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Allan Massie occupies a curious place in Scottish letters. As a journalist and political commentator he embraces the politics of the conservative new right; in newspaper columns and elsewhere he has espoused the economic dogma of Margaret Thatcher (the British prime minister between 1979 and 1990), yet he is also a novelist of rare talent whose sympathies belong to the corrupted and the downtrodden, whatever their rank in society. All too often his critics are confused by the apparent contradictions between his public and his private face. In fact, a key to his thinking can be found in his novels about the emperors Augustus and Tiberius. Like Robert Graves before him, Massie uses the Roman world as suitable material with which to reconstruct the lives of these two very different men but then he goes a step further. In both he finds something of the loneliness of power and the constant battle between a temptation to use it for good or as a diabolic agency which can only corrupt and destroy. A recurring theme in both novels—parts of a planned trilogy—is the realisation that for rulers to do nothing is an evasion of responsibility yet action itself creates the possibility of doing wrong.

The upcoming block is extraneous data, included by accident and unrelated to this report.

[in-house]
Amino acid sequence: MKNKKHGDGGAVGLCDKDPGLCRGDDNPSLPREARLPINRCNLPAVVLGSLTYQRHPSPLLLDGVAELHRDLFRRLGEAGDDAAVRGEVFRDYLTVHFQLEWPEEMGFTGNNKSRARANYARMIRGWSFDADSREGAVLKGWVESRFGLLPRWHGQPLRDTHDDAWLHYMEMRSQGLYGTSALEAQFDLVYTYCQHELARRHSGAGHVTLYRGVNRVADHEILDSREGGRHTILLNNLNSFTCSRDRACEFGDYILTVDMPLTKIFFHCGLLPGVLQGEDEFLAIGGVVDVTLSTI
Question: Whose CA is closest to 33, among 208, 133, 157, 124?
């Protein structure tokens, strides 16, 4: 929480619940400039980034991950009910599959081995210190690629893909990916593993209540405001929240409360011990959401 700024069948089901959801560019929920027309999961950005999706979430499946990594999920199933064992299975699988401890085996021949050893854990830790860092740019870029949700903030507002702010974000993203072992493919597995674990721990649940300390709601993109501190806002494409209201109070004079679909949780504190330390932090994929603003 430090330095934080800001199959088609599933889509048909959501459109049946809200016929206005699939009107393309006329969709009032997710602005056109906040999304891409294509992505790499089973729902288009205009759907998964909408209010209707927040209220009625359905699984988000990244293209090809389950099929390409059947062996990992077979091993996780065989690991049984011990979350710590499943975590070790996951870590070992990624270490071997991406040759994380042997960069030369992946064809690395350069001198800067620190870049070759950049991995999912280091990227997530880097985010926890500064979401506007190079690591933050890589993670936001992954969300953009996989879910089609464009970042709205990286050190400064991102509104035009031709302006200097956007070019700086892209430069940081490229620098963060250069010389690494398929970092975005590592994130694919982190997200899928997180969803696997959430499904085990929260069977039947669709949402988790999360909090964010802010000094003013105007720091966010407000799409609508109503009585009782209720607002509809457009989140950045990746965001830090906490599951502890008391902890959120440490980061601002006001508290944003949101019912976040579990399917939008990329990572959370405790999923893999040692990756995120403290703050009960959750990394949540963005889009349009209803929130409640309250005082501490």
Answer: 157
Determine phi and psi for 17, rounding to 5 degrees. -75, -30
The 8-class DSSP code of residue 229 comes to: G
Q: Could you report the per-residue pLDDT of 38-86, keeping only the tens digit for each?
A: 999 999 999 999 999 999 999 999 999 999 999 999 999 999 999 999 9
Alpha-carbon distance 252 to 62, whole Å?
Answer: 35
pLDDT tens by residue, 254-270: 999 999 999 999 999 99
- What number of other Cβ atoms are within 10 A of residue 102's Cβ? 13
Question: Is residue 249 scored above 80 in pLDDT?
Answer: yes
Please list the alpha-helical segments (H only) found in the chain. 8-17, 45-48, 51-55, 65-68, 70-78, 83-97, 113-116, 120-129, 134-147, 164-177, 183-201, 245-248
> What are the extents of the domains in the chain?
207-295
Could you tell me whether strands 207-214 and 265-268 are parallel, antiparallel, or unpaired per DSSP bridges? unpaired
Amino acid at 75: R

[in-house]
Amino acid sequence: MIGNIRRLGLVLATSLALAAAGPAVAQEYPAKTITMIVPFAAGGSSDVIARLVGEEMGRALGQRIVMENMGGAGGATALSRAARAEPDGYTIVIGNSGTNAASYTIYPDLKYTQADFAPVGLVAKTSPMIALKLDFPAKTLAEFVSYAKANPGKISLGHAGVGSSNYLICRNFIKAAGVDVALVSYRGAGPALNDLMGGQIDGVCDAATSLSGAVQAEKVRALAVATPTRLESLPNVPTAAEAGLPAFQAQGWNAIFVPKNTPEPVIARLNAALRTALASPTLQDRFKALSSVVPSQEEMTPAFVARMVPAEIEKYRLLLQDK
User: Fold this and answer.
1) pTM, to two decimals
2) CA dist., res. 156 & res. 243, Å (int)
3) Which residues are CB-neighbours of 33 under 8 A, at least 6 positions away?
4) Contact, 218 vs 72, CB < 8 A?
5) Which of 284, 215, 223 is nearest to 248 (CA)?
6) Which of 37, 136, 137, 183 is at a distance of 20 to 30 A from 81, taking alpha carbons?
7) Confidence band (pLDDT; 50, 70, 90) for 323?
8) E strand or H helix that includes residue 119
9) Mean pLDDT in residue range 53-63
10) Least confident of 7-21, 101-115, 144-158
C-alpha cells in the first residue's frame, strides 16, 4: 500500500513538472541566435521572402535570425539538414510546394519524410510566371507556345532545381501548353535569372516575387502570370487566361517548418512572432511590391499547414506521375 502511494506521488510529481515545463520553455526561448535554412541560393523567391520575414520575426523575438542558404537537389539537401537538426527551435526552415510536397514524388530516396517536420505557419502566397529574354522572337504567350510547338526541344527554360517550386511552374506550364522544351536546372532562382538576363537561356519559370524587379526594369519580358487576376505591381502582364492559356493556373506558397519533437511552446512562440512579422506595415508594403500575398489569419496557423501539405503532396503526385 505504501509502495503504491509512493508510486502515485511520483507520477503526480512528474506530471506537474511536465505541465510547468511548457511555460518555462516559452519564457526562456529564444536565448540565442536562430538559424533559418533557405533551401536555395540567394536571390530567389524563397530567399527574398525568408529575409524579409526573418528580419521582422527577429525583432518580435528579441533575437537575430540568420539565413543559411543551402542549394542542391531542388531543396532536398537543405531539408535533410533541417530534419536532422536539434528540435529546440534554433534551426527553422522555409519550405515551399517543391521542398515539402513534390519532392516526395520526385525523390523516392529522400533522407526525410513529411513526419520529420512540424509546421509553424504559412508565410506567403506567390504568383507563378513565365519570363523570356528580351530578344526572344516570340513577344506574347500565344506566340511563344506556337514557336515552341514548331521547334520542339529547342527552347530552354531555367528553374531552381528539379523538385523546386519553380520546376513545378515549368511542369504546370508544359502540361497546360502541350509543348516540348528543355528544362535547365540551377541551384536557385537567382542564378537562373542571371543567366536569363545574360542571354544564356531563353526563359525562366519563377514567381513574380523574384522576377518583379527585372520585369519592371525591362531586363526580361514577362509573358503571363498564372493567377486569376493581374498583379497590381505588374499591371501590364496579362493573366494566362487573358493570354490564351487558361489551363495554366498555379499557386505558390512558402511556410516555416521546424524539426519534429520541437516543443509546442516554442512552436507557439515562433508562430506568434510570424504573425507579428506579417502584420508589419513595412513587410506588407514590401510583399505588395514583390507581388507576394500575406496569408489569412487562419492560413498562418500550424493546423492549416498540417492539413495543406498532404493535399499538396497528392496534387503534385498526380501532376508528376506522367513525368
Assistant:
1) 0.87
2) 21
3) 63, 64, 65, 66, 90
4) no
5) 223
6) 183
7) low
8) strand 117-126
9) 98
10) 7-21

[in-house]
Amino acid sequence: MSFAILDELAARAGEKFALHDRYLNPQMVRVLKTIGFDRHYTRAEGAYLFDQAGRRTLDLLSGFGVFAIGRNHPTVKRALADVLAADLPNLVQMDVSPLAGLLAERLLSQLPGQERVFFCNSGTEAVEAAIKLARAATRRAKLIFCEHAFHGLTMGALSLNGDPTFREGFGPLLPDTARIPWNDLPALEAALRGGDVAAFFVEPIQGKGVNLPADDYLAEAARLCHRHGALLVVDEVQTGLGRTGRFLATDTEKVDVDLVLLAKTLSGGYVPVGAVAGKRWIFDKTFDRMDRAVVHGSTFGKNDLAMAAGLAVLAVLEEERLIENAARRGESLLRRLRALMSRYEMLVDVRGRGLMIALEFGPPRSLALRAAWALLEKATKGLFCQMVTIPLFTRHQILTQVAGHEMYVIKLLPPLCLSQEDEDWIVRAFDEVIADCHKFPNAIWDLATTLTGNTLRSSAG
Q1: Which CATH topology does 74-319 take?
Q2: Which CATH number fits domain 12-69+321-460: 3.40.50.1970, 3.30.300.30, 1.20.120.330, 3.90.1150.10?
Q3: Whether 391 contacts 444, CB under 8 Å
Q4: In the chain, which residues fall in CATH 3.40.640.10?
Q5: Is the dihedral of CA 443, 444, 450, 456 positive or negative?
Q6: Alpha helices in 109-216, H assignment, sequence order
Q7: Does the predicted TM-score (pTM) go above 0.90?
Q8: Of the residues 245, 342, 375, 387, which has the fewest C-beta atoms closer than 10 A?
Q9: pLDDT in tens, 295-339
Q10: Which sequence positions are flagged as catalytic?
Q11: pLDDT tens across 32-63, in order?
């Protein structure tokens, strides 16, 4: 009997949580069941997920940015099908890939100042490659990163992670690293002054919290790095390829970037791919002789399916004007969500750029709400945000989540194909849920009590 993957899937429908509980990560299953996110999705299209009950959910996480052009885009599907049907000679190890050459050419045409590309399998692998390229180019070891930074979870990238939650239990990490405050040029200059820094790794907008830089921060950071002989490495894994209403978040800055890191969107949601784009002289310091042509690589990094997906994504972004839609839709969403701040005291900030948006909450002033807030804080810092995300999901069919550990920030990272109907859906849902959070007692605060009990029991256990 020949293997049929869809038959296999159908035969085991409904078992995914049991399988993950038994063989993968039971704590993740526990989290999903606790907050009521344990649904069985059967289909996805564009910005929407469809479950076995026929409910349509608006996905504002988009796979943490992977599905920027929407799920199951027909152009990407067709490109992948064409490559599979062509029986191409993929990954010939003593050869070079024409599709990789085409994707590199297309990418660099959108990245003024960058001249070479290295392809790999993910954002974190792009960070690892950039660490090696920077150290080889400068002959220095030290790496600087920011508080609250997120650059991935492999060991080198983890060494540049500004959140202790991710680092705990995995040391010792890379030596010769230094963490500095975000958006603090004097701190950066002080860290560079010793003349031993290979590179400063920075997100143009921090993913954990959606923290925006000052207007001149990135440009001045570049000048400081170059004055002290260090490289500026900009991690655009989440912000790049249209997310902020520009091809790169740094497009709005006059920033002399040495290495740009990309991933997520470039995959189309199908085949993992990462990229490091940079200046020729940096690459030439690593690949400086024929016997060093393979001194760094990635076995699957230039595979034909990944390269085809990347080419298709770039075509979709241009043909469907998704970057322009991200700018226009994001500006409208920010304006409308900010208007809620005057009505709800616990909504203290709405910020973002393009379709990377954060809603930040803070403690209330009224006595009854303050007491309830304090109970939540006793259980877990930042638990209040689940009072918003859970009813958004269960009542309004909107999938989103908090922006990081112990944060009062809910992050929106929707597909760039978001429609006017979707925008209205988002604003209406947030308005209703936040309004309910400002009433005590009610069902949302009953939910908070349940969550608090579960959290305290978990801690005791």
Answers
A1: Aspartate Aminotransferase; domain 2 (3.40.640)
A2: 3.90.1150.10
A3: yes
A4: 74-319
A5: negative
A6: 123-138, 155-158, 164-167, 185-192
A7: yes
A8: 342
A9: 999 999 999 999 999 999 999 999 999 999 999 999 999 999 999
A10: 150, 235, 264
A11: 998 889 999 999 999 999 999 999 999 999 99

The idea is taken a stage further in A Question of Loyalties which takes a sympathetic view of the confusion of political ideologies in the establishment of Vichy France in 1940. Although this novel is rich in historical detail and contains real-life characters like Petain and de Gaulle, Massie's real concern is with the moral corruption of Lucien, the main character and a force behind the creation of a Vichy government. His life is recalled by Etienne his son and the action swings across Europe and between the modern world and the events of World War II as the moral ambiguities in both men's lives become ever apparent. It is an inventive and intellectually satisfying novel.